This page reviews the few functions that you need for developing all sorts of things in excel analyses ranging from project finance models to corprorate finance models to database analysis to statistical analysis. I maintain that just about all you really need are the following functions. These include:

1. The INDEX Function for scenario selection, database selection, data item selection, quick graphs

2. The LOOKUP Function (please, not the vlookup or hlookup) that finds data depending on defined selection criteria

3. The SUMIF or AVERAGEIF Functions that allow for quick data presentation, reporting and error checking

4. Sometimes the MATCH Function that can be used with the the INDEX function resulting in the famous INDEX/MATCH.

The functions are often most effective when the arguments for the function (the inputs to the function) are an entire row or column. For example, the MATCH function can find a row number if an entire colum is selected; the INDEX function can select a number in the whole column if you provide a column number; the LOOKUP function can be operated in a simple manner by an entire row of items to look up and keys for the lookup. Finally, the AVERAGEIF and the SUMIF functions can be used with enitre columns of data to very quickly give you the average for a year or quarter or month if there is detailed data.

Using the principle that you should look for the laziest way to do things in excel (that is about the only best practice), I think the LOOKUP is much better than INDEX/MATCH. You only put in one function and get exactly the same result.

INDEX Function:

INDEX Function for Scenario (should be named SELECT Function)

- A very common use of the INDEX function is in creating scenarios. The INDEX function should named SELECT -- that is why it so useful for scenario analysis. Other common uses are selecting something to graph from a database or selecting a row to graph from an entire sheet. The INDEX function needs either a row or a column number or both to make the selection. In the case of scenario analysis, I use a code number. The scenarios can be established in different rows and then the INDEX function can be used to select the scenario that will be operational in the model. This is illustrated in the excerpt below.

- To use the INDEX function for scenarios, you need a code number (a row number) which is just the row number for the selecting one of the scenarios.

- If you use the drop down box from the DEVELOPER tab, it will almost always be used with the INDEX function.

- A good way to use the INDEX function is to select a row and then refer to the scenario number as illustrated below.

INDEX Function for Making a Quick Graph of Everything on a Page (through selecting a particular row)

To graph the data in a flexible manner the INDEX function is effective. This example illustrates how you can be more efficient when you use the entire row or column. When you select the entire row, the INDEX function will have something like "C:C" in the exceprt below. Generally, you do not have to press the F4 function and this is a very quick way to make analysis.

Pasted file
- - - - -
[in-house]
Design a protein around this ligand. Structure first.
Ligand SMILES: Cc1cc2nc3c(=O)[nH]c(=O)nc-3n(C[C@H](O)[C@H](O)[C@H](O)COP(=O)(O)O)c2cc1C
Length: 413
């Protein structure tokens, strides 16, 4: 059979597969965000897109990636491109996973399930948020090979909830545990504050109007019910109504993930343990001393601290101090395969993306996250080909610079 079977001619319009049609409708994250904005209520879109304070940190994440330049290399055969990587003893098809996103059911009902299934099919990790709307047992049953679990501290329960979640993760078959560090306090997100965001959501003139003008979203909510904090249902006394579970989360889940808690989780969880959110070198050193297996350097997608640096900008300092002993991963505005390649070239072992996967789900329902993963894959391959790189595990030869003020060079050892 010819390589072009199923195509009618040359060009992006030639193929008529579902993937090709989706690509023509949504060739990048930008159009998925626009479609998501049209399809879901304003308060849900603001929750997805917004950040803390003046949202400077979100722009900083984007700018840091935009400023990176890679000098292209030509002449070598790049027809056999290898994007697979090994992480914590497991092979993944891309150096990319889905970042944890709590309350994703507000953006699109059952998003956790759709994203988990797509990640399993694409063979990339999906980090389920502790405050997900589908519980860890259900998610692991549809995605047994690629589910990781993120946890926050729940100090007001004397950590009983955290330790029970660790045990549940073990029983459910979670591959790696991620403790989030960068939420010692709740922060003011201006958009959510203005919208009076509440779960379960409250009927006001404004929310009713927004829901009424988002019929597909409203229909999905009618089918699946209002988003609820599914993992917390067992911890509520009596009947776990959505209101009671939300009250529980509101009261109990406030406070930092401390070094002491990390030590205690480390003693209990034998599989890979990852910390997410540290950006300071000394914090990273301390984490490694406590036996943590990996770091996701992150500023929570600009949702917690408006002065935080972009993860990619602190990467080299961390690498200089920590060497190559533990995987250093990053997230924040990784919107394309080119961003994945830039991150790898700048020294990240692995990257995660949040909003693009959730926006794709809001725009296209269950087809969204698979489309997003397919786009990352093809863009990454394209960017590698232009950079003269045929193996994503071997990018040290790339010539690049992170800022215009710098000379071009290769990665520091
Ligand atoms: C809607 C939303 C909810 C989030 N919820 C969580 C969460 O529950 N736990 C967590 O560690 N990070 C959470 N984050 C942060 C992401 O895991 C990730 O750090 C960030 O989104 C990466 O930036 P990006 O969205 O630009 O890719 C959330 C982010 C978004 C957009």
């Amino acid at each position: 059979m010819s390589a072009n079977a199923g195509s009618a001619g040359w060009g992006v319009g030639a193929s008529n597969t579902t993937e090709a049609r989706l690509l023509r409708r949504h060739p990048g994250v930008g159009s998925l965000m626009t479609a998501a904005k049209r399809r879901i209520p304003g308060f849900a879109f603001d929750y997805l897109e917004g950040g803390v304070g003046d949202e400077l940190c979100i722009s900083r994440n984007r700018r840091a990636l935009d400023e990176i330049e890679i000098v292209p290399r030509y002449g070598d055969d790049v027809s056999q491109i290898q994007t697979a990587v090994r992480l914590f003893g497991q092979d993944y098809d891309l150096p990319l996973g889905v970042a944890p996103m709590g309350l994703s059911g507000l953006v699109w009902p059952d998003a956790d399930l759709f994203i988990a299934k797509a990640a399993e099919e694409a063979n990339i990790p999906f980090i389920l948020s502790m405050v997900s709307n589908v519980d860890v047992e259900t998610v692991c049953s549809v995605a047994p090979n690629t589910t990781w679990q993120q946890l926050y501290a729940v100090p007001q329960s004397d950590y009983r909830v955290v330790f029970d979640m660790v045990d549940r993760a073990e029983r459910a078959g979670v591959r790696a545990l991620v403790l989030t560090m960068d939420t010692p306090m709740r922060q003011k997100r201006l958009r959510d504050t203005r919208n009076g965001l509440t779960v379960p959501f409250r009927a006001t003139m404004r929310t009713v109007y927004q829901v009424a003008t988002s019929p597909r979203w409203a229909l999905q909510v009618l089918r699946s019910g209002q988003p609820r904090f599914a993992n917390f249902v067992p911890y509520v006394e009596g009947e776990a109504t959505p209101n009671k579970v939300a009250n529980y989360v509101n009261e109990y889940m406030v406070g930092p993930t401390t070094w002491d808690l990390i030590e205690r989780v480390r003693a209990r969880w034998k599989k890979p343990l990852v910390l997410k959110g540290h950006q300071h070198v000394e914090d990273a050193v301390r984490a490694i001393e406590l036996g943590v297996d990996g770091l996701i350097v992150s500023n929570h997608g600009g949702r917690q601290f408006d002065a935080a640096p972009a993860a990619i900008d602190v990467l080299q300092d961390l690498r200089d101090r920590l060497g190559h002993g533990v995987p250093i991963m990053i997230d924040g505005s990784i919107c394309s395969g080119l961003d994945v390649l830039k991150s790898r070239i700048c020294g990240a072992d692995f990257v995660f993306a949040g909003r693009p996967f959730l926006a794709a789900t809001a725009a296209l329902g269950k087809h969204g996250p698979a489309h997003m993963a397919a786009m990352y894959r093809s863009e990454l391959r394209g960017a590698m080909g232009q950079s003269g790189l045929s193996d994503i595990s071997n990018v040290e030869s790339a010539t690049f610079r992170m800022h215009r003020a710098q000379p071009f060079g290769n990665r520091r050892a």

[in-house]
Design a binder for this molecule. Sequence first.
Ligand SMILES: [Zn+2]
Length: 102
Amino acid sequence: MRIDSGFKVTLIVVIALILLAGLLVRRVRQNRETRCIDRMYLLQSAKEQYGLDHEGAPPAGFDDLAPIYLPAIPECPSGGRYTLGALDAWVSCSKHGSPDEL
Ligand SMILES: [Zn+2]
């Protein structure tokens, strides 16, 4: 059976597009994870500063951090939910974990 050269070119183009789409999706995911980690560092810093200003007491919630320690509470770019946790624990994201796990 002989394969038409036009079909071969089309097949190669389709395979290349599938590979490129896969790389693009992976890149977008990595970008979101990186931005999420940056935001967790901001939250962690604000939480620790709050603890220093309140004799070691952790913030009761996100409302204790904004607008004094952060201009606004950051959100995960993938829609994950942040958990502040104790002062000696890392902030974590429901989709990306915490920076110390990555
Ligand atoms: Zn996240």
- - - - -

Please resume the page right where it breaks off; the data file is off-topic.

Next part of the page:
To make a graph on anything on a page, first enter a row number for the graph (this is like the scenario number) in the previous example. Then, type the INDEX function and first click on the entire column (generally from another sheet, meaning you make the graph in a separate page). After this, copy the INDEX function across the page and make sure you lock-in (with the F4), the row number as shown below.

After making the INDEX function, put the year above the INDEX function year as illustrated below. Make sure that you do not put anything in the first column that has the title (again from the INDEX function that should be copied across the page. Finally, press F11 to make the graph.

LOOKUP Function:

The LOOKUP function uses a single value from the model and then associates that variable with a stream of variables, in our case a row of years. Once the lookup-value (the single year) and the stream of years are defined, the values associated with the years is selected. You should never again use VLOOKUP or HLOOKUP if you use the TRUE switch at the end. You should also always try to arrange you inputs so that you can use an entire row or column (see the excerpt below). Finally, if your are working with things like dates that are in ascending order, you should NEVER use INDEX/MATCH again. To use the LOOKUP function with an entire row you can do the following:

- Enter the LOOKUP function - Define the LOOKUP value – a single number that is often a date or a period number. Note that the lookup only works when the dates or periods are increasing.

- Enter a string of values – a whole row – that corresponds to the LOOKUP VALUE. For example, if the LOOKUP VALUE is a date, then the entire row of values that is the second argument should have some dates that greater than or equal to the first value.

- Enter a string of values – a whole row – that contains the numbers that you want to find and that is associated with the string of values.

- I have created a very similar function to the lookup function, called the INTERPOLATE function. This function works in a very similar way, but instead or stepping up or down, the amounts are interpolated. You can go to the UDF page to see how this is build and how it works in more detail.

- Using the LOOKUP and AVERGAEIF Function

- If the data is in a daily format and you want a monthly or yearly format, you can use the LOOKUP function and the AVERAGEIF function - To use this, you must first insert a column for the year or the end of month with EOMONTH

- Then if you want average - First, use EIS to create a year column

SUMIF, COUNTIF and AVERAGEIF Functions: